Uncanny biotechnological hybrids are not only threatening entities in themselves, they are even more intimidating because, sooner or later, they are bound to escape from the laboratory, they will get out of control, thus quickly evolving into a scourge for humanity at large. Indeed, as Ulrich Beck (1992) has argued, in contrast to earlier epochs, the hazards and catastrophes of contemporary biosocieties are induced and introduced by the technosciences themselves. We already noticed that biotech hybrids and similar monsters have the tendency to proliferate, to spread. In other words, the monster-archetype tends to be closely associated with a proxy archetype, namely that of the man-made, biotechnological pandemic, involving novel biomimetic artefacts that, after their incubation period in contained laboratory settings, will invade and inflame societal realms, niches and tissues on a massive scale. New biosynthetic entities are first introduced in special protected environments or niches (such as research laboratories, but also specialized hospitals and military facilities), but are bound to spread and disseminate from there sooner or later into society and daily life. Sooner or later, they will become highly pervasive.
The genomics revolution itself resulted from a kind of technological contagion, the massive proliferation and spread of high throughput sequencing facilities throughout laboratory networks worldwide. And now, during the years to come, a wave of genomics information will begin to affect health care through biobanking and personal genome information. For synthetic biology, this archetype will even be more pertinent, so it seems. New synthetic bio-objects will spread through the realms and tissues of society, quickly evolving, assuming unpredicted roles and functions, used by various groups of users for unintended purposes, taking on a life of their own. Immunization policies in the form of regulatory regimes will have to be put in place to contain and govern the turbulence of these developments.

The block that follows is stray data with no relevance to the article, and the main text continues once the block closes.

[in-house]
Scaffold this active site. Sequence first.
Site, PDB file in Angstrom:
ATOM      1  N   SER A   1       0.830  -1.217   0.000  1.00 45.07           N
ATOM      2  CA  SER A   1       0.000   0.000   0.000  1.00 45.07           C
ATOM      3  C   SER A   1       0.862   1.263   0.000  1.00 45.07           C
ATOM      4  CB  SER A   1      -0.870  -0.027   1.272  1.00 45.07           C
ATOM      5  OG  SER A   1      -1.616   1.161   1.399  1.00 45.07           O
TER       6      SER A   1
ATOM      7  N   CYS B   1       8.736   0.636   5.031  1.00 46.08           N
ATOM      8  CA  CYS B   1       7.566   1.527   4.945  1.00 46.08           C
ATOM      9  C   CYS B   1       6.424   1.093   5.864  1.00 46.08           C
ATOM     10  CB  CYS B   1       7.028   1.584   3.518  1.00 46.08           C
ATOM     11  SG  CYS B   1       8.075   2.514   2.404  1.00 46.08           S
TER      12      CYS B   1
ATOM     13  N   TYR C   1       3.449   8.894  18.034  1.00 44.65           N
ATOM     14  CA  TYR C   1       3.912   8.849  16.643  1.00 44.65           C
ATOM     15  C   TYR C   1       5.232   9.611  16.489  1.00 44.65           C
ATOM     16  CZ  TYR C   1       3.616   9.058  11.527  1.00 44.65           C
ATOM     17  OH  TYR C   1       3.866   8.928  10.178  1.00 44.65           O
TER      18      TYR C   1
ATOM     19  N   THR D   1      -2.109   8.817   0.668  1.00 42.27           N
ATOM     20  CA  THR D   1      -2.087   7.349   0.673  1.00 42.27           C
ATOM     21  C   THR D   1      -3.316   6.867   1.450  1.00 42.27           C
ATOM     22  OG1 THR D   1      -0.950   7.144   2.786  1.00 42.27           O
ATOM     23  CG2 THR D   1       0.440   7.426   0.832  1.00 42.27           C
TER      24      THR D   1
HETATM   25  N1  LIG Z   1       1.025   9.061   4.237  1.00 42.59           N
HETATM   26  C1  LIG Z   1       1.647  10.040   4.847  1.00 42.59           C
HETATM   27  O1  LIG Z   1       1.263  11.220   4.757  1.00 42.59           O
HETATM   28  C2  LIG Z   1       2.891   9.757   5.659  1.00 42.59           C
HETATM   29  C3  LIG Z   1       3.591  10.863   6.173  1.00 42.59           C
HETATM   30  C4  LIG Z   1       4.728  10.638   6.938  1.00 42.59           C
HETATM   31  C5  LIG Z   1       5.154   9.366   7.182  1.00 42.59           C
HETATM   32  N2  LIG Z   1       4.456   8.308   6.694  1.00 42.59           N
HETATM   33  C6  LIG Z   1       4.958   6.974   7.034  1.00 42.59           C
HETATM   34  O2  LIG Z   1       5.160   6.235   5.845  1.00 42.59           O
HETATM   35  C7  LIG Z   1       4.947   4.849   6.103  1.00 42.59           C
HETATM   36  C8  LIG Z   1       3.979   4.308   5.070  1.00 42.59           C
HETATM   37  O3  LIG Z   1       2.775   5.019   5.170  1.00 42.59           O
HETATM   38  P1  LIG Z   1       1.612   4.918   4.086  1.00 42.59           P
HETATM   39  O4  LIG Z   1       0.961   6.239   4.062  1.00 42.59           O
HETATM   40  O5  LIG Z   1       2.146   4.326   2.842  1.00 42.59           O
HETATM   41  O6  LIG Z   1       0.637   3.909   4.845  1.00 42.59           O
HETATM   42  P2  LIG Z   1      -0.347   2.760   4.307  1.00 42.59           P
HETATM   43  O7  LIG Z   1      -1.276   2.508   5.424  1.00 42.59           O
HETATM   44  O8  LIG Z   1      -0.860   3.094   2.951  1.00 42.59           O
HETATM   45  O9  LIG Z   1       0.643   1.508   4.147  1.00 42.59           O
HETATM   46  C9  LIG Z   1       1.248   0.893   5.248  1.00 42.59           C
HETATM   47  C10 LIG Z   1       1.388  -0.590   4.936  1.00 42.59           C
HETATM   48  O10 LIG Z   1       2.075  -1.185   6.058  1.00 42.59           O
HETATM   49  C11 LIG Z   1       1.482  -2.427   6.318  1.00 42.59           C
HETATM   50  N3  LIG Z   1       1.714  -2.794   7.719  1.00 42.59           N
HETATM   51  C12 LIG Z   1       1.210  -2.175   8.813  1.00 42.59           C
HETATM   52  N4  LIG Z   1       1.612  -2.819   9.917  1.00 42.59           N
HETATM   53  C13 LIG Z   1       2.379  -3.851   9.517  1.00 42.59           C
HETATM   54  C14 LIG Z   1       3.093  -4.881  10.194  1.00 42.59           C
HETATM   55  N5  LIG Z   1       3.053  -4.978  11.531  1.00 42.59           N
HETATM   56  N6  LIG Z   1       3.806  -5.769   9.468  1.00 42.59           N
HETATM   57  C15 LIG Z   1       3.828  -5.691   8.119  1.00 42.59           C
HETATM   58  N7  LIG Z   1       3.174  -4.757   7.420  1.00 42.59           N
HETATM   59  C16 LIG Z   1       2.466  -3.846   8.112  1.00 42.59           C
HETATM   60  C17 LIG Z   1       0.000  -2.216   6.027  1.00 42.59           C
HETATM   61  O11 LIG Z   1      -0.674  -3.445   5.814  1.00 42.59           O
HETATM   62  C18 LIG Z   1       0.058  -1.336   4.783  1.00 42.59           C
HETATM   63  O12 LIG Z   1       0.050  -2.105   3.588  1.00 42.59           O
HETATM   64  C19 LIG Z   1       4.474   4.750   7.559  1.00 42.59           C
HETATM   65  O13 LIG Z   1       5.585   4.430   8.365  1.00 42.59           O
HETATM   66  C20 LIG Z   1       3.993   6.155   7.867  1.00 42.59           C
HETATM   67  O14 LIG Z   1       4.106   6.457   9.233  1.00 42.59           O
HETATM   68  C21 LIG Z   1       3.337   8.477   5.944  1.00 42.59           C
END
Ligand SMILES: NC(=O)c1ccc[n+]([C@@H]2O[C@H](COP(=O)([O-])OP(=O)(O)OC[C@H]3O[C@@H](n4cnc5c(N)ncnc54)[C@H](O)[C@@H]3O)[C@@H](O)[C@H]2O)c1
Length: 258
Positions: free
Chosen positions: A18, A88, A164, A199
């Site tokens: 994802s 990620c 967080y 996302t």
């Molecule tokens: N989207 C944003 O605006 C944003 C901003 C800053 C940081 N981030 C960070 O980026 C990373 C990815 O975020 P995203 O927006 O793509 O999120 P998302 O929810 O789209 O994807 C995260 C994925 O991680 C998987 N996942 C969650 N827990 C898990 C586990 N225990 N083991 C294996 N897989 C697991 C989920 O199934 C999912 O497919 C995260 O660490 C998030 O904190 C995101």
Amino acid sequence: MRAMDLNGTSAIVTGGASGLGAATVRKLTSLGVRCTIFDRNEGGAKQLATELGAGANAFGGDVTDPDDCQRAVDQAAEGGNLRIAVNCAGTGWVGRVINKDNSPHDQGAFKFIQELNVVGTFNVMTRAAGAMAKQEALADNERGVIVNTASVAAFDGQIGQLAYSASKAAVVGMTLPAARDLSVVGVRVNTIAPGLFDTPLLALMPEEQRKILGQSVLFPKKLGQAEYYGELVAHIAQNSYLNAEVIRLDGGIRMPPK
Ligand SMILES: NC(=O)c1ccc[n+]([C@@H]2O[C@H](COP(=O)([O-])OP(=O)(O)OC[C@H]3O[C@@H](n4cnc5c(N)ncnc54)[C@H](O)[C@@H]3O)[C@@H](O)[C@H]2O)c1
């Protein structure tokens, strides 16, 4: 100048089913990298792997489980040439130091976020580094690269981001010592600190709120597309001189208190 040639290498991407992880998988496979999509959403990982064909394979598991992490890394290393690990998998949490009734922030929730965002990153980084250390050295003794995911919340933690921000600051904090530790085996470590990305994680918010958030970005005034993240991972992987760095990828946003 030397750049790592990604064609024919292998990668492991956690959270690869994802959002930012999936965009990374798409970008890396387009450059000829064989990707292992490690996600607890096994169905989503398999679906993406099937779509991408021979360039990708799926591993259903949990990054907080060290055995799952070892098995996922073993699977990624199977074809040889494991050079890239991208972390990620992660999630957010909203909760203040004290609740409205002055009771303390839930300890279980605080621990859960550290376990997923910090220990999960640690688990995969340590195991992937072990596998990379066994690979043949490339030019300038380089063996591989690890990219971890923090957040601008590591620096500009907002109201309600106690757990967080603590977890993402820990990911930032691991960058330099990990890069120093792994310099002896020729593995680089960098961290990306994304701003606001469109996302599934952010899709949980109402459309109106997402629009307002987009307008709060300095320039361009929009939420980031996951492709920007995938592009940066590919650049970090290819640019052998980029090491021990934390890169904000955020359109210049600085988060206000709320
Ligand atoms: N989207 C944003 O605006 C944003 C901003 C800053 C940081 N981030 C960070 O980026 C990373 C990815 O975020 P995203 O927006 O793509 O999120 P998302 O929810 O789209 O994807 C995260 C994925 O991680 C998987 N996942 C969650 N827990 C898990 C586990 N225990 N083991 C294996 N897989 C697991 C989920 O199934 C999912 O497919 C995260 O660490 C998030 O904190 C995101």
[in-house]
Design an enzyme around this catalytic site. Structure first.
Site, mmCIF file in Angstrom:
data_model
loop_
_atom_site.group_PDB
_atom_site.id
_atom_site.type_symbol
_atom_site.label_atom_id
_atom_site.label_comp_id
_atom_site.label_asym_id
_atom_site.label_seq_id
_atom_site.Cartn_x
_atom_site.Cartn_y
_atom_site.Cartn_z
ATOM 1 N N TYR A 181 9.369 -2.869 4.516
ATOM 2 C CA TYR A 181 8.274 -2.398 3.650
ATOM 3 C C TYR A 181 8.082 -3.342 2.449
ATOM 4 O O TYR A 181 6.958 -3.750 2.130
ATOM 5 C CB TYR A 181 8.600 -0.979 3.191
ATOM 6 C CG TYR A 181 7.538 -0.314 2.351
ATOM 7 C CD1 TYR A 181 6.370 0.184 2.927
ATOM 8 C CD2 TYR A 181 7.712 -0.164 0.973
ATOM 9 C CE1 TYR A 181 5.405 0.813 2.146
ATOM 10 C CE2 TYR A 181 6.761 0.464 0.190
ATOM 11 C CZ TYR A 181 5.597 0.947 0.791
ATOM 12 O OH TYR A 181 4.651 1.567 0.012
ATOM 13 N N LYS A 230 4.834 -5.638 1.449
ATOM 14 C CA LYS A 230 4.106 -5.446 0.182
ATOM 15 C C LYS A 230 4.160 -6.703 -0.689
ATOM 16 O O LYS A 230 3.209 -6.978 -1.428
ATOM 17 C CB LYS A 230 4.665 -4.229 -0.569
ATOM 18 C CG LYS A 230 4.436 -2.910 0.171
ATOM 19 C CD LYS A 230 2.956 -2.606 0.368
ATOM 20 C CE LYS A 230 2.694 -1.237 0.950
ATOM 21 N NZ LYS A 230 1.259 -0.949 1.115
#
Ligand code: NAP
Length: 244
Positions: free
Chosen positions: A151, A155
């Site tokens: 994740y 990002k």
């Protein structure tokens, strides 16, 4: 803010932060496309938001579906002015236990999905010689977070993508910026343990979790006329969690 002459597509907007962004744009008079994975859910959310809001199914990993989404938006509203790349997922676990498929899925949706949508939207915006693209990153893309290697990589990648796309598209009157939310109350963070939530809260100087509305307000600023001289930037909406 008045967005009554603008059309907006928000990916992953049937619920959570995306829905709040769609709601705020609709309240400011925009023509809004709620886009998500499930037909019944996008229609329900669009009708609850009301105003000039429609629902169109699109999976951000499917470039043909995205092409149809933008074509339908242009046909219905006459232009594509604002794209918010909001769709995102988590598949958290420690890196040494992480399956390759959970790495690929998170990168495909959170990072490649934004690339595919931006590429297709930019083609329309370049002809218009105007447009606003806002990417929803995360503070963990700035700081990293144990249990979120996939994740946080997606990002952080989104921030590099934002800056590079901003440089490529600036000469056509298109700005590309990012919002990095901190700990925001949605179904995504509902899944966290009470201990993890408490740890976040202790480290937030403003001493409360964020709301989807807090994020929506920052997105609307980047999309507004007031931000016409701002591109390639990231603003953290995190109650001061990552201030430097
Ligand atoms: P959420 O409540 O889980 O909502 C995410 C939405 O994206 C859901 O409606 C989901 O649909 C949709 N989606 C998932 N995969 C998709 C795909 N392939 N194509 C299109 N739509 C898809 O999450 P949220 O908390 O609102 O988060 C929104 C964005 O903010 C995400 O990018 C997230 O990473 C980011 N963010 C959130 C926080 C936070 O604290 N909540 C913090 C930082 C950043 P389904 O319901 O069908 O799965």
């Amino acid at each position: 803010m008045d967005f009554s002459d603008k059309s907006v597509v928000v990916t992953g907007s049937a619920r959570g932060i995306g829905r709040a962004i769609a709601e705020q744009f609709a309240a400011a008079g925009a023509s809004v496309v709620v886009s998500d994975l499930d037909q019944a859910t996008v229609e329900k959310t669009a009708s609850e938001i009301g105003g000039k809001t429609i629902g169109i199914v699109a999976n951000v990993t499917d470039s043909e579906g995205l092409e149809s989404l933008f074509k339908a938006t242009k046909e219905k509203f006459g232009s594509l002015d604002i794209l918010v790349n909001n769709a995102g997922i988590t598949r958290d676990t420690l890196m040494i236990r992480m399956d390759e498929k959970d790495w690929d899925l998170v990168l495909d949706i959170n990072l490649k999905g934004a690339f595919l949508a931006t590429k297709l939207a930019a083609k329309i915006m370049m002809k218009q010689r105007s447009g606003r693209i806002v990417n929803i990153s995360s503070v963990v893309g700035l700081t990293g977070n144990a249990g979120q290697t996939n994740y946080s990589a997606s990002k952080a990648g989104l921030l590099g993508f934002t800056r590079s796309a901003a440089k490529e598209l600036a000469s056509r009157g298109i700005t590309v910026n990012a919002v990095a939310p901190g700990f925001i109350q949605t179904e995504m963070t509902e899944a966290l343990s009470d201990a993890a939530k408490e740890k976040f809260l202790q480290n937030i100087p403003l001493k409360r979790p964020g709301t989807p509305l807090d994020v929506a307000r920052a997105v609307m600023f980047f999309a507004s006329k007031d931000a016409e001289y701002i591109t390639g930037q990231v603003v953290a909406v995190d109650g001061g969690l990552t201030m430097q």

The pandemic archetype is notably relevant because synthetic biology is an important part of the emerging field of do-it-yourself biology (Wohlsen 2011; Cf. Penders 2011). Professional laboratories increasingly seem to lose their monopoly over the production of synthetic bioproducts (provided, that is, that such a monopoly ever existed). Biohackers may well create an online open-source global supermarket for synthetic biological entities or ingredients. Or, as Wohlsen puts it: Biopunk carries the message that slowly, steadily, we could all become authors of a ubiquitous and “democratic” biology. Thus, a synbio version of the self-help movement for a broad variety of self-empowered individuals, using genetically modified viral or microbial colonies in vitro for brewing their own home-made opium, Prozac or Ritalin, may well be awaiting us. But I will further elaborate this prospect in the context of my case study: the emergence of viral materials.